Let’s look a little closely at the data captured within an EHR system. Within the EHR, data is captured in one of four ways, entering data directly — including templates, scanning documents, transcribing text reports created with dictation or speech recognition and finally interfacing data from other information systems such as laboratory systems, radiology systems, blood pressure monitors, or electrocardiographs. This captured data, in turn, can be represented in either structured or unstructured forms. Structured data is, by definition, created through constrained choices in the form of data entry devices including drop-down menus, check boxes, and pre-filled templates. There are obvious advantages of this type of data format. They are easily searchable, aggregated, analyzed, reported, and linked to other information resources — but it suffers from data compression and more immortally loss of context —making them unsuitable for individualization of the EHR and too fragmented for intelligent holistic treatment that is possible with unstructured data.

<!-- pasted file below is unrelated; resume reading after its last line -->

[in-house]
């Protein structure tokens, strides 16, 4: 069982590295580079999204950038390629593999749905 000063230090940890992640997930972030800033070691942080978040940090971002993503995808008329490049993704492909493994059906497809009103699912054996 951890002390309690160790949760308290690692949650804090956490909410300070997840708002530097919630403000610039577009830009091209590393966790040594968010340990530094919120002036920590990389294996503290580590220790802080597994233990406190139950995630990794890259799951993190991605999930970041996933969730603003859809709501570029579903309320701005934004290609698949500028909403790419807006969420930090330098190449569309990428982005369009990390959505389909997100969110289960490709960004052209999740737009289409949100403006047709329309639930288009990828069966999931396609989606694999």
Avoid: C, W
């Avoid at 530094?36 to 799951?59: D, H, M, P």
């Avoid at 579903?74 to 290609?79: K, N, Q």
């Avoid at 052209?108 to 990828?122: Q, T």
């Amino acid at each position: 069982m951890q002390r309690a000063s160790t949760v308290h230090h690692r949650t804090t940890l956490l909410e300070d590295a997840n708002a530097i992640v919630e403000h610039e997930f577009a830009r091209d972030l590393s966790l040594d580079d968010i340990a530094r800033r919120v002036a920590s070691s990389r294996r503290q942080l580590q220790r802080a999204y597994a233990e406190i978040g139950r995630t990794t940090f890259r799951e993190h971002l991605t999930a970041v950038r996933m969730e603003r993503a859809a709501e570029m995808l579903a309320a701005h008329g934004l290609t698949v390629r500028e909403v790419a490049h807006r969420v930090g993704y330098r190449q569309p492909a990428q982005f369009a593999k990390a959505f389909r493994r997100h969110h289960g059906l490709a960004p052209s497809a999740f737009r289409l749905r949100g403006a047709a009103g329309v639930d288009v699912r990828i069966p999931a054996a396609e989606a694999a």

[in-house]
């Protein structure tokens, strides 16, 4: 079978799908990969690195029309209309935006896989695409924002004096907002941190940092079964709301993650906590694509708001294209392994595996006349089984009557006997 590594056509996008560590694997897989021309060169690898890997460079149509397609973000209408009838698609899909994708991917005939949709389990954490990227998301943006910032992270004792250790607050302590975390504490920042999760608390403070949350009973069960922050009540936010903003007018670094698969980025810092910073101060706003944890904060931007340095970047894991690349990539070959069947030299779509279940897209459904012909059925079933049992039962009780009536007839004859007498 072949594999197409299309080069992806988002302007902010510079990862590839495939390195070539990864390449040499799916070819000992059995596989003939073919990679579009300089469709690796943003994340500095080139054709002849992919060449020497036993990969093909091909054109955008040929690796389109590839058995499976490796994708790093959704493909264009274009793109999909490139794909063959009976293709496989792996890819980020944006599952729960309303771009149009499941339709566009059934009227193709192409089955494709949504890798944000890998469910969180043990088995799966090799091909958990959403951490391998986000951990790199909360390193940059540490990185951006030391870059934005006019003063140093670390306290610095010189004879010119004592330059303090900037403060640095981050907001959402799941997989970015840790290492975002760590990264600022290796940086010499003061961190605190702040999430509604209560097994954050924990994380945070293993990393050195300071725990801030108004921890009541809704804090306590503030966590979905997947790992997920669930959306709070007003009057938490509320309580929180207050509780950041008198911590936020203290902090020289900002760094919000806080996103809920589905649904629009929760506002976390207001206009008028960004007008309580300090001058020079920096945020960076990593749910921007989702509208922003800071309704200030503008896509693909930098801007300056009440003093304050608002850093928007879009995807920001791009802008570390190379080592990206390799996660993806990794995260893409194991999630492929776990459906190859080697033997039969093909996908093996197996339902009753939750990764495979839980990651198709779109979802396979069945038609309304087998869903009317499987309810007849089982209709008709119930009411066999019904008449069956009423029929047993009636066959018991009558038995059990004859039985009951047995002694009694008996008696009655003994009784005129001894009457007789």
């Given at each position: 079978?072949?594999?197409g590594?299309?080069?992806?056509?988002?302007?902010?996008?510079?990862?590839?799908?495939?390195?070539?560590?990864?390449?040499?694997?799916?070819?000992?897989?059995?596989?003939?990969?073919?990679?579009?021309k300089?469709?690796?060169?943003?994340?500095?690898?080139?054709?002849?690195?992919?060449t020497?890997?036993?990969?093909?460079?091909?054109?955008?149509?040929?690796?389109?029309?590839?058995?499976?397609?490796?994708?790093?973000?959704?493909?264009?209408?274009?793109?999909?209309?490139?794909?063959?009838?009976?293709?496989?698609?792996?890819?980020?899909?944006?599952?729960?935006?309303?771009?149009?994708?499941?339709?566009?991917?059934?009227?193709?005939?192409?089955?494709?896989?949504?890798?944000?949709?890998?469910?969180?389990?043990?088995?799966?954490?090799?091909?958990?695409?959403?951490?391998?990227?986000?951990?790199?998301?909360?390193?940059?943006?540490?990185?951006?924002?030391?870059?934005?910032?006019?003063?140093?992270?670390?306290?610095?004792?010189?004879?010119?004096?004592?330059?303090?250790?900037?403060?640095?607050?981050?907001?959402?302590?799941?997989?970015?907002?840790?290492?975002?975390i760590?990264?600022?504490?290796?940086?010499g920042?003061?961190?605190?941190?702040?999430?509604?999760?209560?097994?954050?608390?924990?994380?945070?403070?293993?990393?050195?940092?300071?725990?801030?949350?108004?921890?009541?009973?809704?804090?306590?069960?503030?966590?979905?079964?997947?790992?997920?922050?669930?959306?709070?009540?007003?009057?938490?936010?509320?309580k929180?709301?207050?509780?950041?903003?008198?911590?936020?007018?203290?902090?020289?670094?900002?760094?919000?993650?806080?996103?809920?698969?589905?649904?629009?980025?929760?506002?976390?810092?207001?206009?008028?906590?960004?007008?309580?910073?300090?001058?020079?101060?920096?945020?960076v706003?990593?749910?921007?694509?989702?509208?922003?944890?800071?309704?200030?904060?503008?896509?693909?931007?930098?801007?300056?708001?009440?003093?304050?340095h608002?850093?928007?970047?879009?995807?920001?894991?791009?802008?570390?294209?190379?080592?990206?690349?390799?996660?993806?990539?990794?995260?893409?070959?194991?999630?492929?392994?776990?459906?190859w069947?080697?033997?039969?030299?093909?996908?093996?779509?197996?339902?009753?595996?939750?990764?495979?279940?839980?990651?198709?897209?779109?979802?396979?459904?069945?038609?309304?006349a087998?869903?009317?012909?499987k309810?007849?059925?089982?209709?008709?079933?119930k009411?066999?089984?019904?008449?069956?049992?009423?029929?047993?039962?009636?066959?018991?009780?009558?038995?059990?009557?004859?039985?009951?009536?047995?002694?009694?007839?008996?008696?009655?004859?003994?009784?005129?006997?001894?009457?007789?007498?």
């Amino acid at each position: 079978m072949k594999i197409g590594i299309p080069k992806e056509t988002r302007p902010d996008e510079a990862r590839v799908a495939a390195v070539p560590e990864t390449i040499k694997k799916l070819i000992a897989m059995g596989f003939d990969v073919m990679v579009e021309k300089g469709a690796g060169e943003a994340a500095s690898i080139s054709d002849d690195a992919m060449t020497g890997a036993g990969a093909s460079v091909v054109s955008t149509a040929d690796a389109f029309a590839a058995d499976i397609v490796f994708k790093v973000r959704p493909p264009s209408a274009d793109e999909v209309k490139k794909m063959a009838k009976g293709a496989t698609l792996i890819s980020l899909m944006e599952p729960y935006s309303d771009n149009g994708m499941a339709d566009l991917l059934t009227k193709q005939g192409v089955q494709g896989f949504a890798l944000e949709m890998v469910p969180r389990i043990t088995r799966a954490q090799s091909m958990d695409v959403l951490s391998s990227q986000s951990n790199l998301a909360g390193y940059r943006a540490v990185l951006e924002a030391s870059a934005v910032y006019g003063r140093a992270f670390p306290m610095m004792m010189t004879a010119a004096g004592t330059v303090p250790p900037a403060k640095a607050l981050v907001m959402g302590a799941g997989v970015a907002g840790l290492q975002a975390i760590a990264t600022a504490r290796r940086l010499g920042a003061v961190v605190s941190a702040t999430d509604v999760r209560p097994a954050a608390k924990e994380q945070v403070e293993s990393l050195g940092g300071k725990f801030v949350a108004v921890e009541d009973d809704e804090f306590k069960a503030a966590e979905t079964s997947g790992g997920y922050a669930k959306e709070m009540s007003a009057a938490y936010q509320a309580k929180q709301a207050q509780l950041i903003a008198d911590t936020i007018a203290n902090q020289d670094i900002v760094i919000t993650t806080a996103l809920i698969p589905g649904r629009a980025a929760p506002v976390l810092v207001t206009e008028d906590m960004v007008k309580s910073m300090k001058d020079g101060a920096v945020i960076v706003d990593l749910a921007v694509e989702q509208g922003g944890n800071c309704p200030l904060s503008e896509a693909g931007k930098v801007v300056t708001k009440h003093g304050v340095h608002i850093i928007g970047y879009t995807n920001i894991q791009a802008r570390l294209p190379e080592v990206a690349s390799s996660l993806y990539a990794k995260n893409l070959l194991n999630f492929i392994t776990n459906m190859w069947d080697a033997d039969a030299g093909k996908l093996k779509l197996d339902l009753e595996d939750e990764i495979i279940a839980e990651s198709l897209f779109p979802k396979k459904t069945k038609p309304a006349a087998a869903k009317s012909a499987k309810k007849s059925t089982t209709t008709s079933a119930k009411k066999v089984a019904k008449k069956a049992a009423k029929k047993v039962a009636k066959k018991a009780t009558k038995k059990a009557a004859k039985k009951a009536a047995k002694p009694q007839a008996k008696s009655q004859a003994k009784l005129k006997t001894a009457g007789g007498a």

Unstructured clinical data, on the other hand, exists in the form of free text narratives. Provider and patient encounters are commonly recorded in free-form clinical notes. Free text entries into the patient’s health record give the provider flexibility to note observations and concepts that are not supported or anticipated by the constrained choices associated with structured data. It is important to note that some data are inherently suitable for structured format, while others are not. NLP can be a powerful tool in achieving this balance — some part of unstructured text narratives can be transformed into structured data — leaving other data in free format text, but with derived annotation and semantic analytics, making the EHR data model real life situations more closely.
Not the Silver Bullet